On Yeats and Synge.

LIF .COM Black

We’re very excited to be performing at World Museum Liverpool as part of Liverpool Irish Festival this October.

In a programme of three of short plays, we explore the theme of ‘the undead’ and how Irish peasantry’s relationship between the living and dead was full of mysticism and myth.

Three plays: Riders to the Sea & The Shadow of the Glen by JM Synge and Purgatory by WB Yeats.

Three Irish plays

TREASURE HOUSE THEATRE
World Museum Liverpool

Saturday 22 and Sunday 23 OCTOBER

Edmund John Millington Synge (16 April 1871 – 24 March 1909) was an Irish playwright, poet, prose writer, travel writer and collector of folklore. He was a key figure in the Irish Literary Revival and was one of the co-founders of the Abbey Theatre.

William Butler Yeats (13 June 1865 – 28 January 1939) was an Irish poet and one of the foremost figures of 20th century literature.

A pillar of both the Irish and British literary establishments, Yeats was a driving force behind the Irish Literary Revival and, along with Lady Gregory, Edward Martyn, and others, founded the Abbey Theatre, where he served as its chief during its early years. In 1923 he was awarded the Nobel Prize in Literature as the first Irishman so honoured.

Yeats is generally considered one of the few writers who completed their greatest works after being awarded the Nobel Prize; such works include The Tower (1928) and The Winding Stair and Other Poems (1929)

Yeats was an Irish Nationalist at heart, looking for the kind of traditional lifestyle displayed through poems such as ‘The Fisherman’. However, as his life progressed, he sheltered much of his revolutionary spirit and distanced himself from the intense political landscape until 1922, when he was appointed Senator for the Irish Free State.

In the earlier part of his life, Yeats was a member of the Irish Republican Brotherhood. Due to the escalating tension of the political scene, Yeats distanced himself from the core political activism in the midst of the Easter Rising, even holding back his poetry inspired by the events until 1920.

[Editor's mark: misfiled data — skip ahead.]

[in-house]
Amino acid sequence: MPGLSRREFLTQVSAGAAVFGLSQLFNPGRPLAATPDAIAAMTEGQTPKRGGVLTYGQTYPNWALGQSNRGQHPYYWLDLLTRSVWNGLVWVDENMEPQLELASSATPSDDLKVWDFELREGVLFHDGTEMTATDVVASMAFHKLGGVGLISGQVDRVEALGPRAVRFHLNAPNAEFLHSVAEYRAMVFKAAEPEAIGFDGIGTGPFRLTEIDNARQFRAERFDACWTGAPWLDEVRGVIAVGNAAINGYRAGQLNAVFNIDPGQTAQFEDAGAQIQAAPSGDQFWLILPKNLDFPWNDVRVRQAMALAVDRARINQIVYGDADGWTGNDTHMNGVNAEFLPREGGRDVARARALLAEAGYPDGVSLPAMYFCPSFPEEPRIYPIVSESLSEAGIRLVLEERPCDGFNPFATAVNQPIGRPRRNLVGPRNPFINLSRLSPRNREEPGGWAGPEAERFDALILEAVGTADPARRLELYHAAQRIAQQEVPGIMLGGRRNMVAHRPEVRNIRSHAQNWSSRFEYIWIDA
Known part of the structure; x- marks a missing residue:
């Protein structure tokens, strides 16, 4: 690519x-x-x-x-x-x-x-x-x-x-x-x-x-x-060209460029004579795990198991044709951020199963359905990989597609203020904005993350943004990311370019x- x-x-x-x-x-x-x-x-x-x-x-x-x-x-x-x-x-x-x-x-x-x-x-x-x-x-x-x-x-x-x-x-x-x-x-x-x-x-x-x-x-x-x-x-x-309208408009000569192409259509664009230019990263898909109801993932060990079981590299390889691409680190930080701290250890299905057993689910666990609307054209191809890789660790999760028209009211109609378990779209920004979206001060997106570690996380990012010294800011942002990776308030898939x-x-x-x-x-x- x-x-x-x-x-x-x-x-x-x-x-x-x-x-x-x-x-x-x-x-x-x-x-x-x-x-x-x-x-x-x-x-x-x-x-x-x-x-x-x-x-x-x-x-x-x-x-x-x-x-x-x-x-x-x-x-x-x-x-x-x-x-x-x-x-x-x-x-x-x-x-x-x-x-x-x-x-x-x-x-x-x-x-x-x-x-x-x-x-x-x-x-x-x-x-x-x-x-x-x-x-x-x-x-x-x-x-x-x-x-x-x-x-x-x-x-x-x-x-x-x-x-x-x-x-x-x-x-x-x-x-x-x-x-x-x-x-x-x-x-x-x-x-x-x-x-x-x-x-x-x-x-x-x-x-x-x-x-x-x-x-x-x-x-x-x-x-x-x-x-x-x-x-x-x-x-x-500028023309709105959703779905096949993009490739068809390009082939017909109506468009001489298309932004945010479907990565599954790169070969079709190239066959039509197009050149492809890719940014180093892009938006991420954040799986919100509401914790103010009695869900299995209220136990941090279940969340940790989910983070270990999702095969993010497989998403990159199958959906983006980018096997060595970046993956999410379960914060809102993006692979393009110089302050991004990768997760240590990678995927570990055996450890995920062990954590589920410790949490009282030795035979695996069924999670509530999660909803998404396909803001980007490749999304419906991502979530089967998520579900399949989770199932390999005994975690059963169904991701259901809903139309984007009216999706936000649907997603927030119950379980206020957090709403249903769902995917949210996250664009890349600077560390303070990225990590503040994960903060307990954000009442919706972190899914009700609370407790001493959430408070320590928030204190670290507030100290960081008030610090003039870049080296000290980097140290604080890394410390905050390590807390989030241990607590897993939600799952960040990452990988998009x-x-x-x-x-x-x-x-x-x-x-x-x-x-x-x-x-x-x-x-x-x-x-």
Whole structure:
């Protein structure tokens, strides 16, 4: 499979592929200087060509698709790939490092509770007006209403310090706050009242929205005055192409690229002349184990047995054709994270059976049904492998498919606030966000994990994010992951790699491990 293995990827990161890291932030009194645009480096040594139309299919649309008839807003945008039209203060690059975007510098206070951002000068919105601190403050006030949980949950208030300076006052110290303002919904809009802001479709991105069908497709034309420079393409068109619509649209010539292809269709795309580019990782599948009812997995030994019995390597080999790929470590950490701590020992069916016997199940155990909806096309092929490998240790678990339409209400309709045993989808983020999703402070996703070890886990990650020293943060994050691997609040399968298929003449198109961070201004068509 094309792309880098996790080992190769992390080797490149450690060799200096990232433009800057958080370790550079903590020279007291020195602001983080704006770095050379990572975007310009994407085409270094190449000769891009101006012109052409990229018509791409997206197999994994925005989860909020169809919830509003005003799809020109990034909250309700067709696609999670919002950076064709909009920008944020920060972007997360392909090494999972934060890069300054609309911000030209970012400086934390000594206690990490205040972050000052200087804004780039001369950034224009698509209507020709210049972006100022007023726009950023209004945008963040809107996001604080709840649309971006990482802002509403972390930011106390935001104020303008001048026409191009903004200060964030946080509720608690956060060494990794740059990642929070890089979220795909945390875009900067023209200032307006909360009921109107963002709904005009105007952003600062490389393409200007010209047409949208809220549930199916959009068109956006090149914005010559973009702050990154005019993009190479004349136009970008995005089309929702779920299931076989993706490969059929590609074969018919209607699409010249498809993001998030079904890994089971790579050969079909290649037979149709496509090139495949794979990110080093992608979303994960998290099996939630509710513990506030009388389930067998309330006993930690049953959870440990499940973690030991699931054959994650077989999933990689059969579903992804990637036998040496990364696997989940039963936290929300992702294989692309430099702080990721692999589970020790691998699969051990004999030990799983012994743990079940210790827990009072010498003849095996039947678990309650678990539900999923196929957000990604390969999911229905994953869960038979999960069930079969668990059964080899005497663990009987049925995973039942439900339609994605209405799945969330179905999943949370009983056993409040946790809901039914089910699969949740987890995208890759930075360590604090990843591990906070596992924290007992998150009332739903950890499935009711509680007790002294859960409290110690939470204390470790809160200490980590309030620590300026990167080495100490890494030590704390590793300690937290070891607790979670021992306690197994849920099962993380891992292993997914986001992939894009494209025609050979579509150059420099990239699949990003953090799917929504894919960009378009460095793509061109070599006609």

Synge is best known for his play The Playboy of the Western World, which caused riots in Dublin during its opening run at the Abbey Theatre.

Although he came from a privileged Anglo-Irish background, Synge‘s writings are mainly concerned with the world of the Roman Catholic peasants of rural Ireland and with what he saw as the essential paganism of their world view. Synge developed Hodgkin’s disease, a metastatic cancer that was then untreatable. He died several weeks short of his 38th birthday as he was trying to complete his last play, Deirdre of the Sorrows.

After graduating, Synge decided that he wanted to be a professional musician and went to Germany to study music. He stayed in Coblenz during 1893 and moved to Würzburg in January 1894. Partly because he was shy about performing in public, and partly because of doubt about his ability, he decided to abandon music and pursue his literary interests. He returned to Ireland in June 1894, and moved to Paris in January 1895 to study literature and languages at the Sorbonne.

In 1897 Synge had his first attack of Hodgkin’s disease and also had an enlarged gland removed from his neck. The following year he spent the summer in the Aran Islands. He spent the next five summers in the Aran Islands, collecting stories and folklore, and perfecting his Irish, while continuing to live in Paris for most of the rest of each year. 

He also visited Brittany regularly. During this period he wrote his first play, When the Moon Has Set and sent it to Lady Gregory for the Irish Literary Theatre in 1900, but she rejected it. (The play was not published until it appeared in the Collected Works.)

Published by

alsopdrama

Theatre company formed over 100 years ago in Liverpool.

Leave a Reply

Fill in your details below or click an icon to log in:

WordPress.com Logo

You are commenting using your WordPress.com account. Log Out / Change )

Twitter picture

You are commenting using your Twitter account. Log Out / Change )

Facebook photo

You are commenting using your Facebook account. Log Out / Change )

Google+ photo

You are commenting using your Google+ account. Log Out / Change )

Connecting to %s